The Rules of Play
Soho, Jan 1 2010, $20.00
As the cricket match between England and India occurs, she wonders about changing the rules of engagement in sports and in life. Her husband is a nice bloke caught up with the test match; so much so he explains the rules of play to his bored wife who asks him feining interest while dreaming of her lover explaining the rules of an affair to her. Her lover enjoys a bit of mystery in their trysts as if she enables him to ignore his work as a loss adjuster insurance agent. Her sixteen years old stepson wants nothing to do with her or his father as he plays by his own rules.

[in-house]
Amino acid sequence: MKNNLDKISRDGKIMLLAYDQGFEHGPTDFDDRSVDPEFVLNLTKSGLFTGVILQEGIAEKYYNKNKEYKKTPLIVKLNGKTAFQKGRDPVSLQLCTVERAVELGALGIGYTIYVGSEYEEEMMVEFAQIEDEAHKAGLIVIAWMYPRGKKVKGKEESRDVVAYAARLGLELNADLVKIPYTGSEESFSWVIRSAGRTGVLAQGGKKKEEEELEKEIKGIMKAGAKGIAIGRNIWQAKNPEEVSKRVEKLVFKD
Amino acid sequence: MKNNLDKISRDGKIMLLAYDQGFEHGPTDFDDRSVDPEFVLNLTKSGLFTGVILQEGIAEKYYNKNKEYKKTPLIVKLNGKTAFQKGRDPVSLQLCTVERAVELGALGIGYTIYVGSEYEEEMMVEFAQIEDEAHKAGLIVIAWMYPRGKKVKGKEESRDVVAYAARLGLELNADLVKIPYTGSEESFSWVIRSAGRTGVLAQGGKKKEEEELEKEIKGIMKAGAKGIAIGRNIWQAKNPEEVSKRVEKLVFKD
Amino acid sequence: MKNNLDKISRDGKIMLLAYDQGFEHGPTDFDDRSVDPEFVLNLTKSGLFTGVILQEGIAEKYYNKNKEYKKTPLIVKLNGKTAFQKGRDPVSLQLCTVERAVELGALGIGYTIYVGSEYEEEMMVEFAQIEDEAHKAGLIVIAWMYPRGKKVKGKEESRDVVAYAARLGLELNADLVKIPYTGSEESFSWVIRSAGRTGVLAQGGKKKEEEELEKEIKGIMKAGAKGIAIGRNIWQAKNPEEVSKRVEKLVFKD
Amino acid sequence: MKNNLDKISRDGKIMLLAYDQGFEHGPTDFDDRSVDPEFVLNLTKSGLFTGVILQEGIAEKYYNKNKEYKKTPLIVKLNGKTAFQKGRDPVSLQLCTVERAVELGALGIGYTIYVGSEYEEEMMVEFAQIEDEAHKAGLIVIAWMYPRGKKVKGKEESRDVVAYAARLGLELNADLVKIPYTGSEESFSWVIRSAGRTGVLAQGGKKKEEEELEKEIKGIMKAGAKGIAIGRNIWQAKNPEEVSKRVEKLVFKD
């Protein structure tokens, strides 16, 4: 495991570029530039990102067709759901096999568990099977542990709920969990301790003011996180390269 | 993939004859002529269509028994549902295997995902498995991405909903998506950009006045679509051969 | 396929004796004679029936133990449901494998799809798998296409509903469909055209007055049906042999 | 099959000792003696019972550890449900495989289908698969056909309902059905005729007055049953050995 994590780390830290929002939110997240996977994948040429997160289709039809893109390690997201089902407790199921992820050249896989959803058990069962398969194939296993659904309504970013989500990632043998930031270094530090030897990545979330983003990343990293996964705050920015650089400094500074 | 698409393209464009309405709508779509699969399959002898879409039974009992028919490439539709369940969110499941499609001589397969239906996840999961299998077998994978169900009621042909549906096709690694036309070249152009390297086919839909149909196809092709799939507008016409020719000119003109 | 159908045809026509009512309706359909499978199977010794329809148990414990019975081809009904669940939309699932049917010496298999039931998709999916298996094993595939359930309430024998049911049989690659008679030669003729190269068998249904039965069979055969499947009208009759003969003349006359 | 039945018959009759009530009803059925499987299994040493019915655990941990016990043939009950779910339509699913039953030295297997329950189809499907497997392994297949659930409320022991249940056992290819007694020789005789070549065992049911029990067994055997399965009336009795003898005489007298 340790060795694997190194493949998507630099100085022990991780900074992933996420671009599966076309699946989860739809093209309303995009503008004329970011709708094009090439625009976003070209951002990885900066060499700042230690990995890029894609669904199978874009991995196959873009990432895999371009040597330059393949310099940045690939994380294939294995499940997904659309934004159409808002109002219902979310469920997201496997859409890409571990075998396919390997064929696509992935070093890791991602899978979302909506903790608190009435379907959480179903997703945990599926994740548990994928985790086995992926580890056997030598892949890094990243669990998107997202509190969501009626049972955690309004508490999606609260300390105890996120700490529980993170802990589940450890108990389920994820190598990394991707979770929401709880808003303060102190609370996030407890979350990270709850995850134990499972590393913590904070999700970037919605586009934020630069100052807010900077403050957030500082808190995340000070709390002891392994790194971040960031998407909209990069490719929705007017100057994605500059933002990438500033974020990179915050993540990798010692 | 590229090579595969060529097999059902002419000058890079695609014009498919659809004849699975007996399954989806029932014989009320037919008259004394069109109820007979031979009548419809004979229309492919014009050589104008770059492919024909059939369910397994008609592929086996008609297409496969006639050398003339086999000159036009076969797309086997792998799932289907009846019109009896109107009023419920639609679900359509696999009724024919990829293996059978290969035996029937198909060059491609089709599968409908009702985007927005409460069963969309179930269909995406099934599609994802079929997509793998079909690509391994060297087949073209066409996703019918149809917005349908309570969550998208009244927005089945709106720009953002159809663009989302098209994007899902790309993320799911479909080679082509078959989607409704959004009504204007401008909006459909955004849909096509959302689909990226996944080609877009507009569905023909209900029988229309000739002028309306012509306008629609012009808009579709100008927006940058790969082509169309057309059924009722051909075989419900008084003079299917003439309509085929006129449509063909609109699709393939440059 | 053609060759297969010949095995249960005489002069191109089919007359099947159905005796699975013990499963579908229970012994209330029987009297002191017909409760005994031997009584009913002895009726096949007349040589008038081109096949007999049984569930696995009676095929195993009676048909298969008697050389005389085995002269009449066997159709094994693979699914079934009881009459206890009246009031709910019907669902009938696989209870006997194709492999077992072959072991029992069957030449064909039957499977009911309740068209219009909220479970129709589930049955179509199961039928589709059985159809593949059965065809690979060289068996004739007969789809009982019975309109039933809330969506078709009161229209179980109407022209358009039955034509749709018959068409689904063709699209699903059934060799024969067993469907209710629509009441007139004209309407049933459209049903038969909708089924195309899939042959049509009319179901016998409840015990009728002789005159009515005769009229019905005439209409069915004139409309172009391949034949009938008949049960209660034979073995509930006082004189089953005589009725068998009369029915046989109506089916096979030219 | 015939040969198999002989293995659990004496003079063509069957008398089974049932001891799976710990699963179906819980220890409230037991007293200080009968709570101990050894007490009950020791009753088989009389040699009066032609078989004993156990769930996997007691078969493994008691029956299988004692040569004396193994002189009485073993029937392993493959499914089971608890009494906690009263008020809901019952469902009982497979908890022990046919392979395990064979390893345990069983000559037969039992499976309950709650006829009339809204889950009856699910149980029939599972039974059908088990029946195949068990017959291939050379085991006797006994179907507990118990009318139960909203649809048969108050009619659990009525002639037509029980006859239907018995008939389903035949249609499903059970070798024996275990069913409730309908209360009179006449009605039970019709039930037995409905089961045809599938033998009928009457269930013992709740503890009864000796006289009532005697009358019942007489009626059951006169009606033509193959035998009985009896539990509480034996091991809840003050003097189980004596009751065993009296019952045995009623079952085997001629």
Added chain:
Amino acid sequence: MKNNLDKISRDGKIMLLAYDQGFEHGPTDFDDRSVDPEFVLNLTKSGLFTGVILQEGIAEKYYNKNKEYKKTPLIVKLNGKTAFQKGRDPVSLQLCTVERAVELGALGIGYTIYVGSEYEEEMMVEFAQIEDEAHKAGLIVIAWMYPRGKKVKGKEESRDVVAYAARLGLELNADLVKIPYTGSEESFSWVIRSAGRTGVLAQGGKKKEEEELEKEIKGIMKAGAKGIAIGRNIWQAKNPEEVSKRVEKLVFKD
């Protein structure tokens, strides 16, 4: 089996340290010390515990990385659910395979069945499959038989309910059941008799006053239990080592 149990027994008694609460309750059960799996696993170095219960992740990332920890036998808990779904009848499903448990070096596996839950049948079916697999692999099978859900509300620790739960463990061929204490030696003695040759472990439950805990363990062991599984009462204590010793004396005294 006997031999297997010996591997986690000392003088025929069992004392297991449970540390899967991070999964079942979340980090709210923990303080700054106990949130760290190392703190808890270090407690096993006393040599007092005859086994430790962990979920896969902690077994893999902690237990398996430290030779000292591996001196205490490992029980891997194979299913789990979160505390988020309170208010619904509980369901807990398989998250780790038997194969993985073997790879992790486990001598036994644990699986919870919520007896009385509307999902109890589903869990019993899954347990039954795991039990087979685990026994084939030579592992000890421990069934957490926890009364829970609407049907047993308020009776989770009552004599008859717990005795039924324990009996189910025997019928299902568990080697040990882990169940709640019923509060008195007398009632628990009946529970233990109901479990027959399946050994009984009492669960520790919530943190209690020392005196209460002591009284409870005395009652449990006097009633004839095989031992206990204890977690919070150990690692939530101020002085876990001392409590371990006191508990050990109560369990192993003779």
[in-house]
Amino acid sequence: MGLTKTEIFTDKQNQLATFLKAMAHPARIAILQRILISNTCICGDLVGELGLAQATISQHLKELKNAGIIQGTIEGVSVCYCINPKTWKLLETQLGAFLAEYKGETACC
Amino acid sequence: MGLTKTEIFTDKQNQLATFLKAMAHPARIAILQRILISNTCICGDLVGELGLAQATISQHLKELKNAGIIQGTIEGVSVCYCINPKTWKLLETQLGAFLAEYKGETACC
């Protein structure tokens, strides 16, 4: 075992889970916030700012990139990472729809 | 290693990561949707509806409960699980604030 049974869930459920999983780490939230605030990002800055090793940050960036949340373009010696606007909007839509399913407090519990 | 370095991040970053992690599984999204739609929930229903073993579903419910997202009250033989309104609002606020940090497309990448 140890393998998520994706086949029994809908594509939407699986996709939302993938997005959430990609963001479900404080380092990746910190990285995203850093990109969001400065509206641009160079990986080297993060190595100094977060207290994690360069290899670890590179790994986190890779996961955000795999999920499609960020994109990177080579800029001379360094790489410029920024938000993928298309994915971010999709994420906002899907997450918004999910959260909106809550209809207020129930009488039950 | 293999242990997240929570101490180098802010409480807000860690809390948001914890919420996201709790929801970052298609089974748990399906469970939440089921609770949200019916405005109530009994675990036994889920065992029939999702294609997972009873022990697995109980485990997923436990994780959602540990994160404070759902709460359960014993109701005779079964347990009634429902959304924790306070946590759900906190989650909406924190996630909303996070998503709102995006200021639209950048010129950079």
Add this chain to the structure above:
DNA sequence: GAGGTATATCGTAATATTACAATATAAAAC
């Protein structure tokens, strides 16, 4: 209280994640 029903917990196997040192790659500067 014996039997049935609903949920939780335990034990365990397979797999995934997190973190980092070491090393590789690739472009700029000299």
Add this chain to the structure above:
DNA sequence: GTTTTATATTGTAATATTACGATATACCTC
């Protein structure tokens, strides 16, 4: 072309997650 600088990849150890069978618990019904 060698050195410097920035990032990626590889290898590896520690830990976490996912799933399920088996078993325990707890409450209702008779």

However, it is her marriage that has left her feeling ennui leading to her pondering whether the rules of cricket apply to the rules of an extramarital affair or for that matter life and marital and extramarital relationships. She muses whether extraordinary circumstances like hitting a seagull change the rules of cricket, which albeit implies if yes one should alos be able to change the rules of life.
The Rules of Play is not for everyone as it has an English philosophical spin that challenges what exactly are the rules of society, who made them and who is the enforcer and referee of them. The cast is purposely stereotyped to fill a specific relational role i.e., husband, lover, and stepson in the life of the narrator who not only holds the first person account focused but is the only multi dimensional character. Fans who relish something cerebrally different will relish the Rules of Play in life as cricket is unfair. To those who lose at either game.